Beijing Travel Guide
China's huge capital city is a perennial favourite with tourists and backpackers, who relish its wide range of unusual sights, sounds, smells and tastes. The city's unique cultural elements are alive and well and can be experienced first-hand through indigenous cuisine, temples and traditional performances. Beijing is nevertheless more than up-to-date with modern trends and fashions, partly as a result of its cosmopolitan expat population and partly because China is increasingly an international trend-setter in its own right.
A global hub of business, culture and entertainment, Beijing has an incredibly diverse nightlife that will keep even the most demanding of socialites satisfied at all hours, especially during the summer months, when areas such as the Sanlitun bar street are buzzing from dusk till dawn. Visitors hoping to lighten their pockets will also have no shortage of shopping opportunities; from bustling markets such as Silk Street (Xiushuijie) to colossal shopping malls like the 13-storey Xidan Joy Center, Beijing has it all.
China is a teeming medley of more than 50 officially recognised ethnic minorities and Beijing, as the country's capital, is suitably varied and representative. The city's many attractions are testament to this, and visitors will find exploring everything fully a near-impossible task.
Best time to visit Beijing
Beijing's climate is one of extremes. With hot, humid summers and chilling, dry winters, travellers will find that spring and autumn (April to May and September to October) are the best times of year to visit. The weather during these seasons is pleasant, temperate and highly conducive to sightseeing.
What to see in Beijing
-The breath-taking and historically poignant Tiananmen Square is a must-see for those visiting Beijing.
-It is practically an obligation for travellers to journey out of the city to see the Great Wall; tourists can stroll along the historic landmark at a number of different locations.
-The Beijing National Stadium, also known as the Bird's Nest during the 2008 Olympics, is a spectacular feat of modern architecture.
-Experience the thriving Beijing art scene in 798 Space, a notable gallery in the city's famous art district.
What to do in Beijing
-Hire a pedal boat and relax on the majestic waters of Beihai Park.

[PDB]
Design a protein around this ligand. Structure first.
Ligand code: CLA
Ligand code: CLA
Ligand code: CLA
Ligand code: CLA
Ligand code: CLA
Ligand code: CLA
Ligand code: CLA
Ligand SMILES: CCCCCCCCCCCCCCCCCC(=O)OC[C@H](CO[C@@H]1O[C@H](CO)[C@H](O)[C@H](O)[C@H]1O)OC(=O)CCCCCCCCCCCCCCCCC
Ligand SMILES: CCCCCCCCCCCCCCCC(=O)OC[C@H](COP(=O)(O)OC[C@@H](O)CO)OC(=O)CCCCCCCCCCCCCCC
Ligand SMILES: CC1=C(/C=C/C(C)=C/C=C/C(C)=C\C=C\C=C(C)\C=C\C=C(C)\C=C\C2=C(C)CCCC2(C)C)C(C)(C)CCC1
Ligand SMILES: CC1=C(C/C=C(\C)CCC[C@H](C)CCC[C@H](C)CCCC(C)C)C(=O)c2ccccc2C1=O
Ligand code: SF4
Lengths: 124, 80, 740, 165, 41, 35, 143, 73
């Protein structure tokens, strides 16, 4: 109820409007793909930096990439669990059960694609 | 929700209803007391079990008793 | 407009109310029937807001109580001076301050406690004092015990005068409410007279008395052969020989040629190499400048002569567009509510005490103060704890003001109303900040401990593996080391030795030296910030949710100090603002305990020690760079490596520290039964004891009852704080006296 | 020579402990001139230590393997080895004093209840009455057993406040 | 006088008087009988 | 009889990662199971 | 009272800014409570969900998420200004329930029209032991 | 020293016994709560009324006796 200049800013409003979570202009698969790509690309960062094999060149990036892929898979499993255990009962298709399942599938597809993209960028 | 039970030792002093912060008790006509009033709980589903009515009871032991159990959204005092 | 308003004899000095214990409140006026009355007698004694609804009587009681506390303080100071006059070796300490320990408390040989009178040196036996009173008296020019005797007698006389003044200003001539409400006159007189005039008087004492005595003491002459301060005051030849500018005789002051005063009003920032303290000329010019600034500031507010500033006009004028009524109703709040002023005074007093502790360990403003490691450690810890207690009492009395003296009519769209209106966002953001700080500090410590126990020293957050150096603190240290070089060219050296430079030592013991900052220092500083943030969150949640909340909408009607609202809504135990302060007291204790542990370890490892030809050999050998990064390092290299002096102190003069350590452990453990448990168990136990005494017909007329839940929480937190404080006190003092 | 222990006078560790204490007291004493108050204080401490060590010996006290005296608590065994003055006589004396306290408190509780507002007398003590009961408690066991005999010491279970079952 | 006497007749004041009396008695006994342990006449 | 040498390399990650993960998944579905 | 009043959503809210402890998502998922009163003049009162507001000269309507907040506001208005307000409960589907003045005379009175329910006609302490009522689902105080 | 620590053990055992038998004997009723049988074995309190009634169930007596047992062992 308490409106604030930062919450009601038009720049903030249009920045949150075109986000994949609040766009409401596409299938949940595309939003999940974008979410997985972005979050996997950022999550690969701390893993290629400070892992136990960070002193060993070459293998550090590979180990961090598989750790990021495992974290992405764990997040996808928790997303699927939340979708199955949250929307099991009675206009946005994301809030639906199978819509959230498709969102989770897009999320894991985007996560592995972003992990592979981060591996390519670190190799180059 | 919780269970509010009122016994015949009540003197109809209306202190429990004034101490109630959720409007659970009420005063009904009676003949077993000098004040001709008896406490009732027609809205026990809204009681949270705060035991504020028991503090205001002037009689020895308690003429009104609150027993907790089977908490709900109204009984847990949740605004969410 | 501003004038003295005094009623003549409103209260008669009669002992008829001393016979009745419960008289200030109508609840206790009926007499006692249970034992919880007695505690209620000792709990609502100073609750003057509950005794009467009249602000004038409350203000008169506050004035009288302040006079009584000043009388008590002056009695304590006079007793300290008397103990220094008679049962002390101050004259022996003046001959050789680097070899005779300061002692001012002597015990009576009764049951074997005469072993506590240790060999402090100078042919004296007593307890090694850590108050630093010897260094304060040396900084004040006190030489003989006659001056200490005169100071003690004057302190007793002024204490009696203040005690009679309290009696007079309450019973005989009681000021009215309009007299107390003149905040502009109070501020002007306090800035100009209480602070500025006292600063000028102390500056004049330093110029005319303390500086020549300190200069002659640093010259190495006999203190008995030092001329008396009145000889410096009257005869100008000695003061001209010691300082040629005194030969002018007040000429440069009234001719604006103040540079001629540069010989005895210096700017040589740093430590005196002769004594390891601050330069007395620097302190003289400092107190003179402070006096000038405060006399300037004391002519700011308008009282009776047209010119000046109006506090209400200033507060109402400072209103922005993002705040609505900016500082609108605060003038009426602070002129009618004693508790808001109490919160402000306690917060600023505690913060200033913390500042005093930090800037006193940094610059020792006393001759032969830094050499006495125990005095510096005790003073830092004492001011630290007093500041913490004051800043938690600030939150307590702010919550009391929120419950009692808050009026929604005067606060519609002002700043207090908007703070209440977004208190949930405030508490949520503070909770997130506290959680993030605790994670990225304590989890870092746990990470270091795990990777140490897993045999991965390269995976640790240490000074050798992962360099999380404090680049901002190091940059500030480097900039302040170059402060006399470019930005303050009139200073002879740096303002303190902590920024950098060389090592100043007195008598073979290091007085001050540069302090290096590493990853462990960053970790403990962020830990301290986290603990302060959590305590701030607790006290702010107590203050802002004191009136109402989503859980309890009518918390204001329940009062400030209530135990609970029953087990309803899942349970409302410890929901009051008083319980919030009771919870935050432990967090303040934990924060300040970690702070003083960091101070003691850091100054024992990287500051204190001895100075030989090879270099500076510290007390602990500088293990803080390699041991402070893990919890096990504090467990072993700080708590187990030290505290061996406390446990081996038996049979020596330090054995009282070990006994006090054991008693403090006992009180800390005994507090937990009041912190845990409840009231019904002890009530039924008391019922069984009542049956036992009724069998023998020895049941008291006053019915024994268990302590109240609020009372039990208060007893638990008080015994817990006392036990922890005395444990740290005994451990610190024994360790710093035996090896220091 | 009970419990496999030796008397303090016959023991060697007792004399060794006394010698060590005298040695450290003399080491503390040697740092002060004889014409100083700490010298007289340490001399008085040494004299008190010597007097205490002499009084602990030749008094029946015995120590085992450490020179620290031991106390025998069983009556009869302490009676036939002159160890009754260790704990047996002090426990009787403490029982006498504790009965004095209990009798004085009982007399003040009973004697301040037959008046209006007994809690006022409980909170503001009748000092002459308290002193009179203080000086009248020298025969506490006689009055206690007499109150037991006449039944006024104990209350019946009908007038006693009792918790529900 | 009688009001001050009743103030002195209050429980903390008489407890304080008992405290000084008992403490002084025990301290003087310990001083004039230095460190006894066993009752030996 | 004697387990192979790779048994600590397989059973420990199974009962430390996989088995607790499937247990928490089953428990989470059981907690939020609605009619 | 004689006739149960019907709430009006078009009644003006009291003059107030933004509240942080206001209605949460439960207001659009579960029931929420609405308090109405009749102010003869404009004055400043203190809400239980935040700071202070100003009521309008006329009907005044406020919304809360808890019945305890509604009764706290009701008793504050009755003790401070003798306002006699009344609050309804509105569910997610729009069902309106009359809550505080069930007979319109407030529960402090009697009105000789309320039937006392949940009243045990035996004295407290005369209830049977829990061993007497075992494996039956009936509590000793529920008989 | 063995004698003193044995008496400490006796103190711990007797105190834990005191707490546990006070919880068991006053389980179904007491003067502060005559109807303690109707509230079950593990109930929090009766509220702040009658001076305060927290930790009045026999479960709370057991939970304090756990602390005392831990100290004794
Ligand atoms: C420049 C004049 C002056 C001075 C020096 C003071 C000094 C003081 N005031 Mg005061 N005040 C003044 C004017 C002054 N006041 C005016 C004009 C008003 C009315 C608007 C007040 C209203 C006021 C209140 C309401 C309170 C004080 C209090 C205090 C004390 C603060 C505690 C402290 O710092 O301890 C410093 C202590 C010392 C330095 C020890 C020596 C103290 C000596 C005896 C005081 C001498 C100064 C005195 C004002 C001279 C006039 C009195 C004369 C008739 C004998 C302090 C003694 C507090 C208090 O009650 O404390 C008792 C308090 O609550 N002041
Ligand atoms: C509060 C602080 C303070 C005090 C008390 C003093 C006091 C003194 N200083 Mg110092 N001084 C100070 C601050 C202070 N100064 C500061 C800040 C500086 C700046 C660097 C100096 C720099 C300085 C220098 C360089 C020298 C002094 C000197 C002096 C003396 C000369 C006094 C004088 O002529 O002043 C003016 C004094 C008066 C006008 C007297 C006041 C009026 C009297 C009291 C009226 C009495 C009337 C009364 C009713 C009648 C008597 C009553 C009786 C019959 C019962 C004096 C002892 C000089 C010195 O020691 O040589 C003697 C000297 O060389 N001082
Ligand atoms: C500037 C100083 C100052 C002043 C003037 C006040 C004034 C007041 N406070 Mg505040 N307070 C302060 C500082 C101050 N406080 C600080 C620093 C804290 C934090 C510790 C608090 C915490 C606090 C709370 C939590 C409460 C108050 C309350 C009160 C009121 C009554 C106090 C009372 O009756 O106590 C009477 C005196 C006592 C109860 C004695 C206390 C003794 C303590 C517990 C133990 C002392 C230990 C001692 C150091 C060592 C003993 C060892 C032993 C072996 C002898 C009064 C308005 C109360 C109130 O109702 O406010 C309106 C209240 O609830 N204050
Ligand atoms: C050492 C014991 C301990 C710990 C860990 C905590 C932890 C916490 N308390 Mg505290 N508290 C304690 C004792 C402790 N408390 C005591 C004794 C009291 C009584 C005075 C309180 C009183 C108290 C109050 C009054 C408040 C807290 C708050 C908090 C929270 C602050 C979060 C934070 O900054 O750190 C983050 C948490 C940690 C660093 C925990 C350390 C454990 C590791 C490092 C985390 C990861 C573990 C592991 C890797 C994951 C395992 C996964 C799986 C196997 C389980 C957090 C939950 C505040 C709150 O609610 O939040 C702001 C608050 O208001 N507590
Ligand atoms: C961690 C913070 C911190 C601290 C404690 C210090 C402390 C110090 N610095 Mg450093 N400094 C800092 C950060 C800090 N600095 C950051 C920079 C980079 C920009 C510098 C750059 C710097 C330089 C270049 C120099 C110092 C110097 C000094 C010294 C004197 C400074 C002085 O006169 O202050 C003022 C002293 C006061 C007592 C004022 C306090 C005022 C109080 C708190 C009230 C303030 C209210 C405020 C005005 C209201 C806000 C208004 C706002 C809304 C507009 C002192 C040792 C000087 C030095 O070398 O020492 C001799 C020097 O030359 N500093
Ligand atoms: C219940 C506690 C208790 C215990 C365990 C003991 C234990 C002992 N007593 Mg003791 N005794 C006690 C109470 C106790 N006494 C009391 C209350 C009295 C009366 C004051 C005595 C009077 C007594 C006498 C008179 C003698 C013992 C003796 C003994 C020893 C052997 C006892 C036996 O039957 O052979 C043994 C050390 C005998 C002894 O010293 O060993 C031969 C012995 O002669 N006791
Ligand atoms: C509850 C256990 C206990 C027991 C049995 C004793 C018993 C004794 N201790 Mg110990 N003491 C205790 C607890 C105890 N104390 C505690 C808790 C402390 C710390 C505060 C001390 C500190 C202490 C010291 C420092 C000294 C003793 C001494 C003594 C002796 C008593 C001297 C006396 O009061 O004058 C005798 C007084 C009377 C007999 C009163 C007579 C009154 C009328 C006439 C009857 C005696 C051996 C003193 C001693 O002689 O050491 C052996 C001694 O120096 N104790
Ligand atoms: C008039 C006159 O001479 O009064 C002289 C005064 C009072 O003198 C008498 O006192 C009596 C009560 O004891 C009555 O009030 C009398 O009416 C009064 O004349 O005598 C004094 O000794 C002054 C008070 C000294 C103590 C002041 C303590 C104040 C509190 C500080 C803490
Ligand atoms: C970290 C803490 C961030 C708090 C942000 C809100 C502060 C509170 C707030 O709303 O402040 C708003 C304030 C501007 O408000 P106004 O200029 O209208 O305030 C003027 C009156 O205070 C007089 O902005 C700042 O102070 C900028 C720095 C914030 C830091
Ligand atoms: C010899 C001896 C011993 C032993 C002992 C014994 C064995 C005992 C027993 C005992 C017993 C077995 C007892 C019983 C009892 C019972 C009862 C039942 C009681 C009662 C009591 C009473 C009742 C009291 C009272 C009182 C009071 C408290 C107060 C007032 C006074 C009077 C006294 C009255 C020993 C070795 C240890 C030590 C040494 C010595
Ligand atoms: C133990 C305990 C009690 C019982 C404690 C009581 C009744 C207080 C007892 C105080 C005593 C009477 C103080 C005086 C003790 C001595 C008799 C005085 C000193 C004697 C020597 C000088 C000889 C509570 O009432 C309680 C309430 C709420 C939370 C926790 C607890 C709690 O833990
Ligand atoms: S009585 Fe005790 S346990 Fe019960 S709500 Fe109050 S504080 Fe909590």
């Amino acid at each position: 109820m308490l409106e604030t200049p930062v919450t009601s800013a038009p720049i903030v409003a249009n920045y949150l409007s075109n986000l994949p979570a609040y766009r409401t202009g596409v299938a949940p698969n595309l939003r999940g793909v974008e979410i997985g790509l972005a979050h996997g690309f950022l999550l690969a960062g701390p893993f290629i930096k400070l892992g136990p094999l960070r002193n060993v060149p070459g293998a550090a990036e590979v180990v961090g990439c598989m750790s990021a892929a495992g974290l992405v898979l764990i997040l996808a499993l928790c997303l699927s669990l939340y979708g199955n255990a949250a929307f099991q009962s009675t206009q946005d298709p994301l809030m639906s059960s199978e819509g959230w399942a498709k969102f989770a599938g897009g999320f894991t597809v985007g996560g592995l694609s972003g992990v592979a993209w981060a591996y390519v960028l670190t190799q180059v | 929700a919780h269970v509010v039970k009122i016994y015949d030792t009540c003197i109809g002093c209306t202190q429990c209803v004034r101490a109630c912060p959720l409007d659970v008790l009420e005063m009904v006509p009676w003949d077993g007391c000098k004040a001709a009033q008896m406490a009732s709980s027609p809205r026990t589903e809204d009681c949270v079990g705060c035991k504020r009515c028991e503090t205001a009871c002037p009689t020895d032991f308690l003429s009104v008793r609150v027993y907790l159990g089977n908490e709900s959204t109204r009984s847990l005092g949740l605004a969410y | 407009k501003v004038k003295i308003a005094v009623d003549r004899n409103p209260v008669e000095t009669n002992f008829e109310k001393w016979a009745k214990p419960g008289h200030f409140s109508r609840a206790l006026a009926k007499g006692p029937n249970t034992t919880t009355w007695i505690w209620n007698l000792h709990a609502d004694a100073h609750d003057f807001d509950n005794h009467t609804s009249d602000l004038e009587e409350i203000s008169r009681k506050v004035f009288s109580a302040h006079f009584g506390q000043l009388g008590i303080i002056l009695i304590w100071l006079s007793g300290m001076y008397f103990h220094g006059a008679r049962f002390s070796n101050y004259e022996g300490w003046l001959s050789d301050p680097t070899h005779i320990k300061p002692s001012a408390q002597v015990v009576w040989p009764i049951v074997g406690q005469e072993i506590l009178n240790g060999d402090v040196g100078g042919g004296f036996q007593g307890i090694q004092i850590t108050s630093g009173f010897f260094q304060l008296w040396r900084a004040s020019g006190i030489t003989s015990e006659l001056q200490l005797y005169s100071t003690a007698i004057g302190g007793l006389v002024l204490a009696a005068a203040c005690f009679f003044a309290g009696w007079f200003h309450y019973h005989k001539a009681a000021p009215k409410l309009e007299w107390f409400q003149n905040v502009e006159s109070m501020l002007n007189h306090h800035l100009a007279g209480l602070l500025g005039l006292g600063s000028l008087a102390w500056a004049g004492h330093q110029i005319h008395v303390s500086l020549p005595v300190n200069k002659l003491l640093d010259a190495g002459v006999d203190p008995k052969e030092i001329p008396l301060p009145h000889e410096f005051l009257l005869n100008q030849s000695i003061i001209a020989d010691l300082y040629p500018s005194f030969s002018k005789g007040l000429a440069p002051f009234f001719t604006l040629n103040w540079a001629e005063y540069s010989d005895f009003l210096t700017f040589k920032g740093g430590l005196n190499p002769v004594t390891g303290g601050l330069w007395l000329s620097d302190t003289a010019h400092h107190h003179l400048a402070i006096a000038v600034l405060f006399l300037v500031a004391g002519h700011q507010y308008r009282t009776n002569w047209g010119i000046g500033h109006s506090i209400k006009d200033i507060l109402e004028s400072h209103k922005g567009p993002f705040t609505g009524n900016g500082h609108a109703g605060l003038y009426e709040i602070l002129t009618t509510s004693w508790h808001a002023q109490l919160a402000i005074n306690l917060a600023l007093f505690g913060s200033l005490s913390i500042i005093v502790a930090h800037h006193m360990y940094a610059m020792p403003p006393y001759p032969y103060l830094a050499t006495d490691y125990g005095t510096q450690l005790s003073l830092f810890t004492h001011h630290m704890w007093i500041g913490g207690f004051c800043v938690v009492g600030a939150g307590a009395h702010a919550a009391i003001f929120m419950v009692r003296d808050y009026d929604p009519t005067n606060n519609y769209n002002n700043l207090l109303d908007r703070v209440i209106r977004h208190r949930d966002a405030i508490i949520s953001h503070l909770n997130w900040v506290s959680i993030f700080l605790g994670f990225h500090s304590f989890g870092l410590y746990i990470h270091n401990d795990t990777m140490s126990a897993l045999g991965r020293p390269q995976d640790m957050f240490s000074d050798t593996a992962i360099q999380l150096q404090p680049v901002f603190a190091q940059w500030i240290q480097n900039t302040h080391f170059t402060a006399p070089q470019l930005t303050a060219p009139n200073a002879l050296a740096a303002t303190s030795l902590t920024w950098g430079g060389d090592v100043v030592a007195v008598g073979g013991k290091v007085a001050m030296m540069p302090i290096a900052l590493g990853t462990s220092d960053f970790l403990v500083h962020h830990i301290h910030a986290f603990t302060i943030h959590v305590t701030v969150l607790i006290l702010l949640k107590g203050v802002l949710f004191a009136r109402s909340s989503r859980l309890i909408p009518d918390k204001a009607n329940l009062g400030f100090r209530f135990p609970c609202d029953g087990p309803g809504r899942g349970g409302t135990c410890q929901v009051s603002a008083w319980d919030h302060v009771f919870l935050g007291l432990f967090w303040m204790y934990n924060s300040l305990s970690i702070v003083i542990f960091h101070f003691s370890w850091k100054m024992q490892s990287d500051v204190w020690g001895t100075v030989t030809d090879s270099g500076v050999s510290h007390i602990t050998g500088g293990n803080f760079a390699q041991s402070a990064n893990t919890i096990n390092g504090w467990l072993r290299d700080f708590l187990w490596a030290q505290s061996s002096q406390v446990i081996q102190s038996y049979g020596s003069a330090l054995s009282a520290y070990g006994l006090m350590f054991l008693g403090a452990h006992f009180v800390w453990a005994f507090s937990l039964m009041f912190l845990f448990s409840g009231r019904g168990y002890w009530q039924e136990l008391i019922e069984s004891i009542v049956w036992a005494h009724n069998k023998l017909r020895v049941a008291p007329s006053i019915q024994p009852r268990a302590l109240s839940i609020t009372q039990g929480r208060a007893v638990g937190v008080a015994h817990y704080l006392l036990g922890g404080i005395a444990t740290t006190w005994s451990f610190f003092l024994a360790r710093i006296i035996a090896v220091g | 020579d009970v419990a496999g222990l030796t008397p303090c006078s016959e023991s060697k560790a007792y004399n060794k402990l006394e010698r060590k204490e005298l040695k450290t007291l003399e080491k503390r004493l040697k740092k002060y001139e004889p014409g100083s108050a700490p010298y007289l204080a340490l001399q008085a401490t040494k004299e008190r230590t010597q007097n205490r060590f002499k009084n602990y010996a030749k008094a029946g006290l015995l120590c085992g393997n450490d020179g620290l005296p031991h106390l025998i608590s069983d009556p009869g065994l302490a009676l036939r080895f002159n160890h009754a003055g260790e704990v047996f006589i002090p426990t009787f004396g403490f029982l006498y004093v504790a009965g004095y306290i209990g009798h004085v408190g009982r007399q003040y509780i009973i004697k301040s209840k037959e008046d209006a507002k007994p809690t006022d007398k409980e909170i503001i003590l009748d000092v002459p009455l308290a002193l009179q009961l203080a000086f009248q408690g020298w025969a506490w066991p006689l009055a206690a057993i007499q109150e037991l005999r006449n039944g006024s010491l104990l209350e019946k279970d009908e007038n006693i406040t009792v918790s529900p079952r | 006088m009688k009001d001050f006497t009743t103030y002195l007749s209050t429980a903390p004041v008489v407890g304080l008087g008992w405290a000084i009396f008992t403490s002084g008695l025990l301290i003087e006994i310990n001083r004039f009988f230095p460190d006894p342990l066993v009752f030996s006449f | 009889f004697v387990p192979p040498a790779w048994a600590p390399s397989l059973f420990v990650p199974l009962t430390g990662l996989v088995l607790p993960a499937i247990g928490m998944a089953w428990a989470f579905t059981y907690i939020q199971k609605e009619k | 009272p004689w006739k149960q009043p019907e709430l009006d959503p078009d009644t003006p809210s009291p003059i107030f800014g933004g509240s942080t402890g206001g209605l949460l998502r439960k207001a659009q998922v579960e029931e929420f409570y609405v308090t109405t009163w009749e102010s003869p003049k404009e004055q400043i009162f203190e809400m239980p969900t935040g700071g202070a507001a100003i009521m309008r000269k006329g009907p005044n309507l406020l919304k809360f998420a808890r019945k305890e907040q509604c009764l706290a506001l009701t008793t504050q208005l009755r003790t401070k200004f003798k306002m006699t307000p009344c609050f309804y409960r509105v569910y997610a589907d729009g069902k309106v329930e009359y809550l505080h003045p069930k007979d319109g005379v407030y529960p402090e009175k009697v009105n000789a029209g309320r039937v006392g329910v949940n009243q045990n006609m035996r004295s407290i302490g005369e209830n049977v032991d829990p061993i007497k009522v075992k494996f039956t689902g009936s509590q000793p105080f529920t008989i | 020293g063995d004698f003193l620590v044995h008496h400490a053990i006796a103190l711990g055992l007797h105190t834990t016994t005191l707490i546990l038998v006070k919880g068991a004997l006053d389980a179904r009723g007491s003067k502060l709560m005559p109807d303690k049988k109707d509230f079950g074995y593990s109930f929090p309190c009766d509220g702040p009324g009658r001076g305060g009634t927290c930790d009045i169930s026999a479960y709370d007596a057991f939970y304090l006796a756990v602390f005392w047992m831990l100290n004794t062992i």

-Experience the beauty of Chinese culture in the Summer Palace.
-Take a tour of the cryptic reminder of cold-war fears that is The Underground City.
-Learn about the diversity of aquatic life at the Beijing Aquarium.
-Travellers can learn about early humans and see the remains of the famous 'Peking Man' at the Zhoukoudian Cave, just south of the city.
Despite its size, travelling within China is relatively simple. This is especially the case from its capital city, as there are frequent buses, trains and flights going to all corners of the country. From Beijing, travellers may enjoy meandering down to Xi'an, resting place of the remarkable Terracotta Army, or to Chengdu, home of the world's largest Panda Breeding and Research Center.
All international flights to the city will land in Beijing City International Airport, located 17 miles (28km) north of the city. From the airport, visitors can either take a taxi, shuttle service or express train to the heart of the city and beyond. Beijing's extensive public transport system, while generally crowded, is reliable; visitors should not experience much difficulty navigating.
Did you know?
-Despite being called the 'kingdom of bicycles', the number of cyclists in Beijing has more than halved in the past 15 years; this is largely a result of the city's growing middle-class, who consider owning a car to be a greater status symbol.
-Beijing's signature dish, Peking Duck, is a carefully prepared delicacy that has been around since the imperial era and is a favourite of Henry Kissinger.
-Beijing's subway is one of the busiest in the world, with more than 11 million trips on a busy day.